Note from the Editor | October 15, 2009
Starting on page 24 of this issue you’ll find one of the more lengthy and comprehensive articles we’ve ever featured. Editor Trevor Kupfer tackled an increasingly important and often-overlooked topic that’s secretly at the core of many issues surrounding our schools and the future of our children: arts and creativity in education.
Over the past several months, Trevor talked to dozens of teachers, parents, administrators, politicians, and students to get a glimpse into what’s happening in K-12 arts education today. And if we’re not careful, we could be in trouble.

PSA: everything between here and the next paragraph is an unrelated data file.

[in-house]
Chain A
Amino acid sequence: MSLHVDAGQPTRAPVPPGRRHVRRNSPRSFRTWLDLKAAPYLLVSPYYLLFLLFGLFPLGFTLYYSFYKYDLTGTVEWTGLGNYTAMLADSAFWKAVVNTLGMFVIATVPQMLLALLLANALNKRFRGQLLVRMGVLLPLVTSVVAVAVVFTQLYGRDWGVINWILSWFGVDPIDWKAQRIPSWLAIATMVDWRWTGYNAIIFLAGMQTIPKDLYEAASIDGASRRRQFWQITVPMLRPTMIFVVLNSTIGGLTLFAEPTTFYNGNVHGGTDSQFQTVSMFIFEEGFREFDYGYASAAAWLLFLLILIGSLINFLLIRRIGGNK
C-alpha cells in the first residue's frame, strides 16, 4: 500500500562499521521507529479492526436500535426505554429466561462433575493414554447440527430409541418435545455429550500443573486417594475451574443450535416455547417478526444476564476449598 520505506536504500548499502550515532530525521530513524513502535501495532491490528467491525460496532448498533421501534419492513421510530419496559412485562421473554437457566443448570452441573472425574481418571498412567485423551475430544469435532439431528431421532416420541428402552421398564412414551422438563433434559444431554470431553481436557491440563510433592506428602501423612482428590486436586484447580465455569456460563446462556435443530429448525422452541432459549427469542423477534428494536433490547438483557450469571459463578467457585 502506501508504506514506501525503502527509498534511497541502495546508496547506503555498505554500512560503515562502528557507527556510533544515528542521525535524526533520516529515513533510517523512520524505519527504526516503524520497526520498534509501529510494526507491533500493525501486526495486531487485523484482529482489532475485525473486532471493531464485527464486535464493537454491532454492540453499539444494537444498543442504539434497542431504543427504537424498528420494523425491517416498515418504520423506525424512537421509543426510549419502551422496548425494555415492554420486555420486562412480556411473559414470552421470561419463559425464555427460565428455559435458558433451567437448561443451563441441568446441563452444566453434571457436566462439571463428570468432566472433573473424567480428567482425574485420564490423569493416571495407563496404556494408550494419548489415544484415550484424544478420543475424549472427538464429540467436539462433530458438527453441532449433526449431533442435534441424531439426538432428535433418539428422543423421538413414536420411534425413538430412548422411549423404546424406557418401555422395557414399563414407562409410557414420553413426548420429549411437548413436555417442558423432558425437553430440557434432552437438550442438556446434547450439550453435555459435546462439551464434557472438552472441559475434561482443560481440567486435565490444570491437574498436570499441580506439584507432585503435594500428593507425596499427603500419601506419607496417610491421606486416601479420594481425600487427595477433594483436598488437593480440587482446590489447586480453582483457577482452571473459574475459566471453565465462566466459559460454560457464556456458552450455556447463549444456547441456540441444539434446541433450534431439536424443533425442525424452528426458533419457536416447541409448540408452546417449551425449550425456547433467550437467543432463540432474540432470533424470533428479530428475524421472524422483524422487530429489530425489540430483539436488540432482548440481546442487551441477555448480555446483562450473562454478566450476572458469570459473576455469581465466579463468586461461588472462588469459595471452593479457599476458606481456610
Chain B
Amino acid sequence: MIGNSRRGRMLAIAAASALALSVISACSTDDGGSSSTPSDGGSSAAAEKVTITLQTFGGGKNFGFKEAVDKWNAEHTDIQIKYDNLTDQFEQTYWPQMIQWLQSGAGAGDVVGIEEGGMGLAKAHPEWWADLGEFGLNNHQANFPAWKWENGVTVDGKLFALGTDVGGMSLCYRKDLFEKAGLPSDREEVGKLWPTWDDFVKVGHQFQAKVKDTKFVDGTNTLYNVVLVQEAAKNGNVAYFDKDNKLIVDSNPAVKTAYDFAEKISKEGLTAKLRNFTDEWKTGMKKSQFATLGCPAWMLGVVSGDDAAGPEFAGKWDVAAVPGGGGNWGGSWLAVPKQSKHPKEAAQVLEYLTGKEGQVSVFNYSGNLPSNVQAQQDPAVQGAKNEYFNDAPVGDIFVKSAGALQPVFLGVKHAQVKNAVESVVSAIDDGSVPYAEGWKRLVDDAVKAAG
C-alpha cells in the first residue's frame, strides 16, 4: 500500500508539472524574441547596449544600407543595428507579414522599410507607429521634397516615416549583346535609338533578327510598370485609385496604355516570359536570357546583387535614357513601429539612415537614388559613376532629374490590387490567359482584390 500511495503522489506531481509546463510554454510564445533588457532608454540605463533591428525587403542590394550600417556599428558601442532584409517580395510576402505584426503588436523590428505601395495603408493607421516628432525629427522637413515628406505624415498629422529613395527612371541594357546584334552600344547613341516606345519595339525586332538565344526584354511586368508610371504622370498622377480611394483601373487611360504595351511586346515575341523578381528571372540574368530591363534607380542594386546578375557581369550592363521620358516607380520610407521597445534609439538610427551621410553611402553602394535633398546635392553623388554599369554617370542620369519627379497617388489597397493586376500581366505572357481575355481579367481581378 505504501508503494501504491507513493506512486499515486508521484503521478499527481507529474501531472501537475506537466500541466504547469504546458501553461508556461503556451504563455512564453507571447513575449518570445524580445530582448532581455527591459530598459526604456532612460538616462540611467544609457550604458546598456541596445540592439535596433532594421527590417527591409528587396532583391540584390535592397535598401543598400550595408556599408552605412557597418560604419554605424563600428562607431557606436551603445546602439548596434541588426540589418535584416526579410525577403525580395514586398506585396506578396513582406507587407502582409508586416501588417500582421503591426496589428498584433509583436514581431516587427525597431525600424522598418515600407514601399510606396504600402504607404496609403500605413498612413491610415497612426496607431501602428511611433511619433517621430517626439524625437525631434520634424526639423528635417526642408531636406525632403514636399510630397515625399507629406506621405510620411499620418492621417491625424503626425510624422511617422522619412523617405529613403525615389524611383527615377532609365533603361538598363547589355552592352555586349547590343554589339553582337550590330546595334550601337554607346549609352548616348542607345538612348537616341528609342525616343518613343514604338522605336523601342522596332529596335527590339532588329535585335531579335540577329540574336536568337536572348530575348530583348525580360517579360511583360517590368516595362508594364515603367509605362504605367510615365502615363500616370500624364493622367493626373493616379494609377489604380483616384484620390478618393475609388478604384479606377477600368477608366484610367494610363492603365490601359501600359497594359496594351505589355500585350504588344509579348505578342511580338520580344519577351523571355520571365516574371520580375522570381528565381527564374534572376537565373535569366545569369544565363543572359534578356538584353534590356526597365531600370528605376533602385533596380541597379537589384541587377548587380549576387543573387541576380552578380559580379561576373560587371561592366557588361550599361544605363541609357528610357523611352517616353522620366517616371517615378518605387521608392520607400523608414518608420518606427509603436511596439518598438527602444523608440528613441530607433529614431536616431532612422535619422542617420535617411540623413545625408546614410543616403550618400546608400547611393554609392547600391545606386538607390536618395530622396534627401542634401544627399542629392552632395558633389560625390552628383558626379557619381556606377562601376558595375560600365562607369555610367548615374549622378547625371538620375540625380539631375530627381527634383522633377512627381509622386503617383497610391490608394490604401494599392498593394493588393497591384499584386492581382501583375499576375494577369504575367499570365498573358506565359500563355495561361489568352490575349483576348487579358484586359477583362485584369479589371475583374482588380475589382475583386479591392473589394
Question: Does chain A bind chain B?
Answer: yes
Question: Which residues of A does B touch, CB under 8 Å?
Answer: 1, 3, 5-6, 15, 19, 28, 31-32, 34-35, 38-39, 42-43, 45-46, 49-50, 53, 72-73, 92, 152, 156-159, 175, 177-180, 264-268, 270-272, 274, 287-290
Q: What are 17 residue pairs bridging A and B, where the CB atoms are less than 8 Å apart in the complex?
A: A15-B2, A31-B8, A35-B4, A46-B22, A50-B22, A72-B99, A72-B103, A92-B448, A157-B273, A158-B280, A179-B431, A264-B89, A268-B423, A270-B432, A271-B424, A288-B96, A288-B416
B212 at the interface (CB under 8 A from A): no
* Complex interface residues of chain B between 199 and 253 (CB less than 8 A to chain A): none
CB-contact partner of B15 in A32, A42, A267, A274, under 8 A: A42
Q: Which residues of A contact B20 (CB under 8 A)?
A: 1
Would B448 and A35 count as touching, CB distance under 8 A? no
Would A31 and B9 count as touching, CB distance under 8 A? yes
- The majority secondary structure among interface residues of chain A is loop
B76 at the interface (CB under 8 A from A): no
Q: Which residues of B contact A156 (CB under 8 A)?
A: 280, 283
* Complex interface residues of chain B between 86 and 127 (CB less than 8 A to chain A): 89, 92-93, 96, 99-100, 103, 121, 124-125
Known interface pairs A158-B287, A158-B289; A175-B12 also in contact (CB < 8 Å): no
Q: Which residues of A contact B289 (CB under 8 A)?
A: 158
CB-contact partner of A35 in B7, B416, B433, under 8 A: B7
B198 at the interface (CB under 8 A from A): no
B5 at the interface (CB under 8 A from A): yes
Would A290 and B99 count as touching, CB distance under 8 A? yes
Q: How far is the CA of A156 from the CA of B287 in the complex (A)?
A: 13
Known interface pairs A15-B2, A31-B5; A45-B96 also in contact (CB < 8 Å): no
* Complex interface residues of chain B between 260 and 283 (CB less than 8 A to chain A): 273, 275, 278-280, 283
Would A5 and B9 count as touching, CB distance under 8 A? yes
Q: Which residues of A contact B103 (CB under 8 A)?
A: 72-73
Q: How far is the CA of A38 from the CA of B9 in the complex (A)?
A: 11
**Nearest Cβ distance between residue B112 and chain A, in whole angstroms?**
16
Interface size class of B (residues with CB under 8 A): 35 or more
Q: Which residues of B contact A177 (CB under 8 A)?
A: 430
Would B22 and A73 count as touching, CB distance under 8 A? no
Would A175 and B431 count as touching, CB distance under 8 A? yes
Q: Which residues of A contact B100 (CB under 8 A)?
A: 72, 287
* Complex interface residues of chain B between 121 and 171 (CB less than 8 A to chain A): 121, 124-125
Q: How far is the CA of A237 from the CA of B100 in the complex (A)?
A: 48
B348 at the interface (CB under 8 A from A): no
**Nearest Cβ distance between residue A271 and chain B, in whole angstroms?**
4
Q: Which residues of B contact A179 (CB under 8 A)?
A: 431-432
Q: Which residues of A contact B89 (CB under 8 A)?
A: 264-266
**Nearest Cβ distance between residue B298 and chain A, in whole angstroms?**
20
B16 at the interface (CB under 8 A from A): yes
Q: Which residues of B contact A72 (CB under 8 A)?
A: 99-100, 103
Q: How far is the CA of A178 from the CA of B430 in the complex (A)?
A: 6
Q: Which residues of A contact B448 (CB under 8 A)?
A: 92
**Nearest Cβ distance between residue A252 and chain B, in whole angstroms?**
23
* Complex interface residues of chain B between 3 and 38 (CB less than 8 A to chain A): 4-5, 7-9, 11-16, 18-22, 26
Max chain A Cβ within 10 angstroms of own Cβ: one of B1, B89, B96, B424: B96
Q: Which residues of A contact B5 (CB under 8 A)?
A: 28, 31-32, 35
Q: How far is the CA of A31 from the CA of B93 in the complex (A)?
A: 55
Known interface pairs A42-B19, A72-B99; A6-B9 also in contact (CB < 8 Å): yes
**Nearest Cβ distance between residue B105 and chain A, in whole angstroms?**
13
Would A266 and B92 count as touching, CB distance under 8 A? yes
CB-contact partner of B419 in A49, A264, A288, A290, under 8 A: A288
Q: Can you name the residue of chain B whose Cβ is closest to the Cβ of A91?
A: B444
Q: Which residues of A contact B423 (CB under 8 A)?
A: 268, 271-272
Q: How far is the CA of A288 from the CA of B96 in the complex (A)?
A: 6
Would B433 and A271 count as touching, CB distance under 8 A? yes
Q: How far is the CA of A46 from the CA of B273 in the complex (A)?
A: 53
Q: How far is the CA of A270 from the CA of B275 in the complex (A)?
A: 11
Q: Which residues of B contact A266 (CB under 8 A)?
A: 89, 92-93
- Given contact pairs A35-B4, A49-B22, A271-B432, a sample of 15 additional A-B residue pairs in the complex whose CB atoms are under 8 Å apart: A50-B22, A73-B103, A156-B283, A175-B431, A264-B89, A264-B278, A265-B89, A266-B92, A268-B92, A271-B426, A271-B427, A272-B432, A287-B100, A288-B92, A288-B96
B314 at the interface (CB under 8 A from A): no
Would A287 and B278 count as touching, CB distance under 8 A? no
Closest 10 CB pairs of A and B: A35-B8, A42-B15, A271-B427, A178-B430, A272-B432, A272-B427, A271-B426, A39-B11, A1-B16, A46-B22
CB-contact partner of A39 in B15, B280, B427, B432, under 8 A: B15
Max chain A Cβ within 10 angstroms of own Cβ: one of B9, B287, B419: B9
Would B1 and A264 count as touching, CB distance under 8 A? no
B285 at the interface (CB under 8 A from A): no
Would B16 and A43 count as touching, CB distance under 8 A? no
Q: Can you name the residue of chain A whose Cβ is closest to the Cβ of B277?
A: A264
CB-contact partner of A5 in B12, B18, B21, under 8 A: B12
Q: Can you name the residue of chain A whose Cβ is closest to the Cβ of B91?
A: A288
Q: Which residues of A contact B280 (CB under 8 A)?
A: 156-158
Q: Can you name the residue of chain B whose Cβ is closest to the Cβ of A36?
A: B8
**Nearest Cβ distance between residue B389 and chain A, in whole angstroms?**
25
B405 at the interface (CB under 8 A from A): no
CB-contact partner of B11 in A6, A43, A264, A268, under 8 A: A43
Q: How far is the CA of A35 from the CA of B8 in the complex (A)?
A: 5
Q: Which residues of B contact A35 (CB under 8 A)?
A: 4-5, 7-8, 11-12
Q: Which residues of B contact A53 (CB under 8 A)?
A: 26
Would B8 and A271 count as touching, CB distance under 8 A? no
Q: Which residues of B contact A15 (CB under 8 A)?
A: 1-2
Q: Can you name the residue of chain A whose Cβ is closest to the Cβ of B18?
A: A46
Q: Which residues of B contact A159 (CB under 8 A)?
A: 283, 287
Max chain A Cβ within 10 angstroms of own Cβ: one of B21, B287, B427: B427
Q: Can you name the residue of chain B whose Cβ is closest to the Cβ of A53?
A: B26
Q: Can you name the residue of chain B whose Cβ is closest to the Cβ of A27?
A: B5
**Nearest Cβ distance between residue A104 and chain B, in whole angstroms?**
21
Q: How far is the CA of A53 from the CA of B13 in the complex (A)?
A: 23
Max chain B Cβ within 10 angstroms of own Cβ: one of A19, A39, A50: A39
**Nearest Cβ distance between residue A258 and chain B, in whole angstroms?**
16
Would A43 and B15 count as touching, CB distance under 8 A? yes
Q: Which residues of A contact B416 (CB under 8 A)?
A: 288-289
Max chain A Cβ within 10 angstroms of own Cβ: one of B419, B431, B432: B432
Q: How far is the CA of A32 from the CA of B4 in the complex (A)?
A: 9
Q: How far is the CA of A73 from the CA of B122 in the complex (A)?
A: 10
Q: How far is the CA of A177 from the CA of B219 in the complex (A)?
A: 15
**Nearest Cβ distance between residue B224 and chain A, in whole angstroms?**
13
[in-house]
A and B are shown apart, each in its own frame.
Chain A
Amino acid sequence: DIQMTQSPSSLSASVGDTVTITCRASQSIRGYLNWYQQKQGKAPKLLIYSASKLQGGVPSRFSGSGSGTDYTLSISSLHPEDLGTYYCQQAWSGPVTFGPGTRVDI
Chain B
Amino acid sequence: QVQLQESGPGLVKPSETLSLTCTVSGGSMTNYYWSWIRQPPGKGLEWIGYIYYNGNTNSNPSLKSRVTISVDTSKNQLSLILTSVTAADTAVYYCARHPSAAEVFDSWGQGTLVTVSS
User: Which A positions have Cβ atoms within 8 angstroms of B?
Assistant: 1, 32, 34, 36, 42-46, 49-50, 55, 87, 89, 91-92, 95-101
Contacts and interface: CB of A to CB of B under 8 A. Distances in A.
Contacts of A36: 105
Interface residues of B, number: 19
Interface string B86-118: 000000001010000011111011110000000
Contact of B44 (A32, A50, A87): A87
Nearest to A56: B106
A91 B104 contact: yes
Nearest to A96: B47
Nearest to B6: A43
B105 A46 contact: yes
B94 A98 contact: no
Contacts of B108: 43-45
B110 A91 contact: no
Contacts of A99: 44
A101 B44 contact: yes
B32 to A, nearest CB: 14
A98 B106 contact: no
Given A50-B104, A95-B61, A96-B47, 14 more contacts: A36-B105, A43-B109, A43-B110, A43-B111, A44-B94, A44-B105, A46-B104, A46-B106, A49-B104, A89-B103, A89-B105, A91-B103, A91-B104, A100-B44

With a picture of the future that changes almost everyday, it’s more important than ever to educate our youth to think creatively and express new ideas. Unfortunately, limited budgets are forcing cuts to what some think are “non-essential” areas of education. So in a time when there’s more demand for creative thinkers than ever, we should be ramping up arts-based education – but instead, we’re scaling it back.
Preparing youth for the creative economy is crucial not only for their own development, but for our society as a whole. Today, building only traditional silos of math, science, and English with curriculum designed for the society of the last half-century seems laughable. Our students must not only inhabit the world we know now, but help invent the one we’ve yet to see. And for that they need the right educational mix – and that means a healthy dose of the arts.